In the Gospel, Naaman shows us how to put skin in the game with prayer

In the Gospel, Naaman shows us how to put skin in the game with prayer

In the Gospel, Naaman shows us how to put skin in the game with prayer

Triptych of the Cleansing of Naaman:, 1520. (Credit: Stock image.)

Prayer isn’t a passive activity. There are no bench warmers in the game of prayer. We have to be all in. We have to put some skin in the game, if we’re going to allow God to bless and heal us.

Commentary

Christian believers stake their lives on prayer. They make the counter-cultural assertion that the nuts and bolts of this life are not the only part of the story of existence. By praying, they live this claim.

Of course, prayer isn’t easy. It humbles us as we have to constantly re-learn what it is, and what its lessons are truly all about. In prayer, we are routinely reminded that we are addressing a God who deeply loves us and who greatly wants to be in a relationship with us. We’re also reminded that we have to be involved. Prayer is all about participation.

In our Scripture readings this Sunday at Mass, we are told about Naaman the Syrian General. He suffered with leprosy and was left for dead in his native land. In hearing of the healing power of Israel’s God, he left everything he knew in order to seek God’s help.

The king of Israel, however, thought that Naaman was setting a trap for him. He thought the gentile general was seeking a miracle that would not be given and that could then justify an attack against the Israelites. The king questioned the healing authority of God, and so he told Naaman that Israel had no power to heal. Oftentimes, in a life of prayer, we can all share the king’s fear and hesitation.

Can we truly assert the power of prayer? What if a petition isn’t answered? What will people think of God or of me?

When the Prophet Elisha heard of the king’s misgiving, however, he was besides himself and boldly asserted the power of God and the possibility of healing by his grace. The prophet did not delay and was not worried about anything.

In our lives of prayer, we desire this level of certainty and confidence. At times, we receive such gifts and can empower and confirm others in faith. At other times, we don’t have such gifts ourselves, but God sends others to us who have them and they build us up and inspire us in our own faith.

The prophet called on Naaman to wash in the Jordan River. He had to put some skin in the game. At first, he was obstinate and refused, thinking that he had been disrespected or mocked. After some counsel, however, the general reconsidered and washed in the Jordan. As we hear in the readings this Sunday, he was completely cleansed of his leprosy. We’re told his skin was as smooth as a baby’s. God had totally washed him of his leprosy.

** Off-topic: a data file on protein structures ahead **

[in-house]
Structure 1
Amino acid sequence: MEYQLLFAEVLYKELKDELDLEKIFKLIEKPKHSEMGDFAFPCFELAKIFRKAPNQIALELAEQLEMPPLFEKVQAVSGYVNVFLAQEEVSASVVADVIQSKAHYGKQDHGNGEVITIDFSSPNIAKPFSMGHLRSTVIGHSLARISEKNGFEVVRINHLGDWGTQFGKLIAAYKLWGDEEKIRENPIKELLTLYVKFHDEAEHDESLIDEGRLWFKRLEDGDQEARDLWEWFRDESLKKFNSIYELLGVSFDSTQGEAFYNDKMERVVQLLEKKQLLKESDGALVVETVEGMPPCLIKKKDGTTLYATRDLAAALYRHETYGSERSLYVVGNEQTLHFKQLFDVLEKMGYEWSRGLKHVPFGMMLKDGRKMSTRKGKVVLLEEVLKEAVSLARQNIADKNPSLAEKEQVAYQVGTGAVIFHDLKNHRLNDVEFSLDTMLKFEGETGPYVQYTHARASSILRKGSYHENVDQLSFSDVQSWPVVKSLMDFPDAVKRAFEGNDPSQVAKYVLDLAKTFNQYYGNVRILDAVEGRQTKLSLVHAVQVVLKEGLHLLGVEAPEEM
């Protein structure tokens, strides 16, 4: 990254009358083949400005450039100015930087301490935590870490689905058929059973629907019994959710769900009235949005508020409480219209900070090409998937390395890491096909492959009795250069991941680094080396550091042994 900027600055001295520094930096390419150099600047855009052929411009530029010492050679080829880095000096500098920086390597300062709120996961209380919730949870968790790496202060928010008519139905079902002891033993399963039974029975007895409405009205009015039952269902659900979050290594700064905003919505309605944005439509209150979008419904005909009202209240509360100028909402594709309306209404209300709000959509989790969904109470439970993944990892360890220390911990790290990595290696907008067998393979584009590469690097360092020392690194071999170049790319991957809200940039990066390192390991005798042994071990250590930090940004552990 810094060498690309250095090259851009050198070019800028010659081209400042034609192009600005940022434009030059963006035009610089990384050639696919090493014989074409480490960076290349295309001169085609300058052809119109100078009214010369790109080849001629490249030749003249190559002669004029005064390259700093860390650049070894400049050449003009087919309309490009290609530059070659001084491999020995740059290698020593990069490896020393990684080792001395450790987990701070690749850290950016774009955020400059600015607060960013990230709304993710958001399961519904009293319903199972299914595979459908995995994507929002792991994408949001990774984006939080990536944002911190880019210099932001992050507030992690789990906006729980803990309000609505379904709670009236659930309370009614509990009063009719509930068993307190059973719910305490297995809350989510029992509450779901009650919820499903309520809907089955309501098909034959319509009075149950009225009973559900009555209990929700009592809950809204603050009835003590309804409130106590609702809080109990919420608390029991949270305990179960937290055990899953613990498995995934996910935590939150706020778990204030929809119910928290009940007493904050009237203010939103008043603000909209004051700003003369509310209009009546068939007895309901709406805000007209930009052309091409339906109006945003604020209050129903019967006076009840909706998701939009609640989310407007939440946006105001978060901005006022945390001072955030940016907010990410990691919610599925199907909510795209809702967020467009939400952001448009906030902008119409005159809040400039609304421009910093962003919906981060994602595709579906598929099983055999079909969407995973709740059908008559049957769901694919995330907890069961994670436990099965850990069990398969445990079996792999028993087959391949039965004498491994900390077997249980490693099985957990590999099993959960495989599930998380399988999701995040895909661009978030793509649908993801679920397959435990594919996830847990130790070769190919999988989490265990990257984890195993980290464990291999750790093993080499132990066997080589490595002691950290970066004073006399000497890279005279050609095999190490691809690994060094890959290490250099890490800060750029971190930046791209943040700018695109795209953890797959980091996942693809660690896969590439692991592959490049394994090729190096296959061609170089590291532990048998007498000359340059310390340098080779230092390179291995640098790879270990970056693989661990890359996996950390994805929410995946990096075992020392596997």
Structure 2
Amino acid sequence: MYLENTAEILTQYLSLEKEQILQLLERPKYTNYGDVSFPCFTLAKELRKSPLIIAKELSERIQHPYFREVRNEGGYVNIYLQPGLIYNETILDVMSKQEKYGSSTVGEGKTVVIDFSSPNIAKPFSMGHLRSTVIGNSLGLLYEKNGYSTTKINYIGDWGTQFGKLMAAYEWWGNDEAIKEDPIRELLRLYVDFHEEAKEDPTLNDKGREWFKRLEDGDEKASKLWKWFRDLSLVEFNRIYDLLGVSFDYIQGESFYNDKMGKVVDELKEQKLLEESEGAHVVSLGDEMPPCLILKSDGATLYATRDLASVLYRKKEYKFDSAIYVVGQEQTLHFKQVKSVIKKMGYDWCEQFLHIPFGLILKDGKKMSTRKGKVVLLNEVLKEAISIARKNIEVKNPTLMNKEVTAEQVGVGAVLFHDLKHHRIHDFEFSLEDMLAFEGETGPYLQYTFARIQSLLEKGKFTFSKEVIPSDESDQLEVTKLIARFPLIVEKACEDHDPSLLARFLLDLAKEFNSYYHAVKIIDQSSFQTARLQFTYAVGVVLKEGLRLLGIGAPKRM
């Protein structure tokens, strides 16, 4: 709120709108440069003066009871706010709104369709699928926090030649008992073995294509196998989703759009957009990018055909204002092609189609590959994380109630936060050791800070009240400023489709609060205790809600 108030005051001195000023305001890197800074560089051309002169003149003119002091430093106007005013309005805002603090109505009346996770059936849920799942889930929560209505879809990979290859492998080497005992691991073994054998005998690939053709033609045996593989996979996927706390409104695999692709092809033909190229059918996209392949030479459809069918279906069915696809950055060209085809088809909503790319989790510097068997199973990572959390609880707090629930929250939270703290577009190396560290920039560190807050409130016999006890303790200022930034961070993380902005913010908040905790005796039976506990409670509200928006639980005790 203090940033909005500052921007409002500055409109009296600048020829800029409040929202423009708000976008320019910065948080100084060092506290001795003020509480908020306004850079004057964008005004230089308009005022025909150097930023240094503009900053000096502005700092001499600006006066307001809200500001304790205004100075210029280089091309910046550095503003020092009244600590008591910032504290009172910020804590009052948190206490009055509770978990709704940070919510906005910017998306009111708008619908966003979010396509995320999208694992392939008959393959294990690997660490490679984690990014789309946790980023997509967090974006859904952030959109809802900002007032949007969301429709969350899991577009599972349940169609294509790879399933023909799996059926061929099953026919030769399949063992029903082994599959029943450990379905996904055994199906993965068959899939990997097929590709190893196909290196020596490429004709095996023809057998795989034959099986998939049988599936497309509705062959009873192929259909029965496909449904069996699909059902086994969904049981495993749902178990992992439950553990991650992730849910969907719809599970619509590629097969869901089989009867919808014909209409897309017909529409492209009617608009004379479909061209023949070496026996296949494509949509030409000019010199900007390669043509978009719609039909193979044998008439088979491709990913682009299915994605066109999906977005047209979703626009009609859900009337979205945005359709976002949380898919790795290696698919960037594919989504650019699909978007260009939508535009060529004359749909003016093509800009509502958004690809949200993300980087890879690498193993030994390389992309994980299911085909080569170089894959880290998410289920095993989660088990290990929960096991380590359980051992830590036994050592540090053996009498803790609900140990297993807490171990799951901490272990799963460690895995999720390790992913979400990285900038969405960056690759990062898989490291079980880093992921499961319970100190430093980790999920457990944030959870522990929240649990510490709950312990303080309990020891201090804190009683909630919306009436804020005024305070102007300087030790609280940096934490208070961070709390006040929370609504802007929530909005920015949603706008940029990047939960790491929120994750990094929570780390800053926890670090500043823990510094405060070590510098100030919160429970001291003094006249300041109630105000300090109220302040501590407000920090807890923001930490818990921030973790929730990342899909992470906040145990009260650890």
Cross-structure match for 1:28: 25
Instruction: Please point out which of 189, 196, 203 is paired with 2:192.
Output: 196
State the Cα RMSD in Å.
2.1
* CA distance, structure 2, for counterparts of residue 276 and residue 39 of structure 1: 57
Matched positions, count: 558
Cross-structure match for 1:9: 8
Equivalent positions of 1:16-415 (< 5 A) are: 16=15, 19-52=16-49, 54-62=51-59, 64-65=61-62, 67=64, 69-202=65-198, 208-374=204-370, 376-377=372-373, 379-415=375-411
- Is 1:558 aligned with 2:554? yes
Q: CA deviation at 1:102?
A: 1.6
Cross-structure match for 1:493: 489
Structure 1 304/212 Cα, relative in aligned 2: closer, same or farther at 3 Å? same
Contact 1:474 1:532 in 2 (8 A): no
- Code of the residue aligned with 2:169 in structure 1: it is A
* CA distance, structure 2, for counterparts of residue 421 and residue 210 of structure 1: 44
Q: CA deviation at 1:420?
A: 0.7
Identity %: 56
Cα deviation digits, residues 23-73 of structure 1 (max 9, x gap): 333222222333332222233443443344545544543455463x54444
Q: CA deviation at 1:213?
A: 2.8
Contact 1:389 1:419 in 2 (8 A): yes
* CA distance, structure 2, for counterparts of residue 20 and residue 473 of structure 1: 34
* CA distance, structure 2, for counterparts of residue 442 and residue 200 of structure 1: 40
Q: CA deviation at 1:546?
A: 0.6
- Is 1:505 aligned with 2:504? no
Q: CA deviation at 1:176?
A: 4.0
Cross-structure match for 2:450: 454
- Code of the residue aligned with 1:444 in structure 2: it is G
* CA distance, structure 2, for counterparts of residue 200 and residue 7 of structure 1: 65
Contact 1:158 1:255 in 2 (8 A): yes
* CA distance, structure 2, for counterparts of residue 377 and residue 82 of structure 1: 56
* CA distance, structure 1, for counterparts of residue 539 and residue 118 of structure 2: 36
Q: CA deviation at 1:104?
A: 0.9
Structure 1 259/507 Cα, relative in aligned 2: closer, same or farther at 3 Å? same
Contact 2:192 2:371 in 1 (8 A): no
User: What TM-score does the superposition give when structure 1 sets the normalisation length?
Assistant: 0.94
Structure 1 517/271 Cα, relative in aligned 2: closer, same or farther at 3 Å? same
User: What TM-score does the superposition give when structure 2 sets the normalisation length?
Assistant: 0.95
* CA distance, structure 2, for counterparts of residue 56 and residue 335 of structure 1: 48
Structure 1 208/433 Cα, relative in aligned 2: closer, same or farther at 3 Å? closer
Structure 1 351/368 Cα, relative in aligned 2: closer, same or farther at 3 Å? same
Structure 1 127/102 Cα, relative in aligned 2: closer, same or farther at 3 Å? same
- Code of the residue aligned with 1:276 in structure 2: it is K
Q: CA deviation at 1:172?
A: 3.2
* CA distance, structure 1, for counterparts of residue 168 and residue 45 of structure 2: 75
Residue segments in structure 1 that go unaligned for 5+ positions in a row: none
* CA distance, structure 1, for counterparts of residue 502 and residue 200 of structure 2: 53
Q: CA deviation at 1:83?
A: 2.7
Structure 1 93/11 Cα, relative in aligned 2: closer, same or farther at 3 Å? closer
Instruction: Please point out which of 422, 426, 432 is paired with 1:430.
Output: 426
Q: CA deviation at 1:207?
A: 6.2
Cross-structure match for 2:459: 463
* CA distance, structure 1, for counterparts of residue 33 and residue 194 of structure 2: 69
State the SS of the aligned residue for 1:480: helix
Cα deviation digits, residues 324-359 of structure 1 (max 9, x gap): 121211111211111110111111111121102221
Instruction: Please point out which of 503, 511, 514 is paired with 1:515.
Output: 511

The lesson in the exchange is pretty obvious. Prayer isn’t a passive activity. There are no bench warmers in the game of prayer. We have to be all in. We have to put some skin in the game, if we’re going to allow God to bless and heal us.

This flies in the face of the popular perception of prayer. Some people comment, “The only thing I can do is pray,” as if prayer is some last resort, some fool’s errand that doesn’t really do anything, or some unreliable source of help. In reality, prayer is the most powerful thing we can do. Prayer is when we put the affairs of this life in their proper place.

As one spiritual master commented, “In prayer, all things are made small.” In prayer, we remind ourselves of our vulnerability, helplessness, and our total reliance on God’s providential care and his willingness and graciousness to help us. Prayer prepares us for answers, whatever they might be.

Naaman had to bathe in the historically triumphant waters of the Jordan, and he did it. At times, God will ask us to do some interesting, uncomfortable, and unexpected things in order for prayer to work and for our hearts to be ready to receive whatever he chooses to give us. As our spiritual tradition asserts, and Mother Angelica used to quip, “If we’re not willing to do the ridiculous, God will not be able to do the miraculous.”

In the Gospel Reading today, ten lepers had to humble themselves and cry out for help. Rather than following the Mosaic prescriptions and yelling, “Unclean! Unclean!,” they called out, “Jesus, Master! Have pity on us!” And the Lord healed them. It was their meekness and tenacity to bellow out for healing that provided the Lord with the opportunity to restore them to health.

This weekend, Naaman the Syrian and the infamous Ten Lepers give us an example. They show us lived prayer, and they invite us to imitate them. In our own lives, are we willing to put some skin in the game? Are we ready to truly pray?


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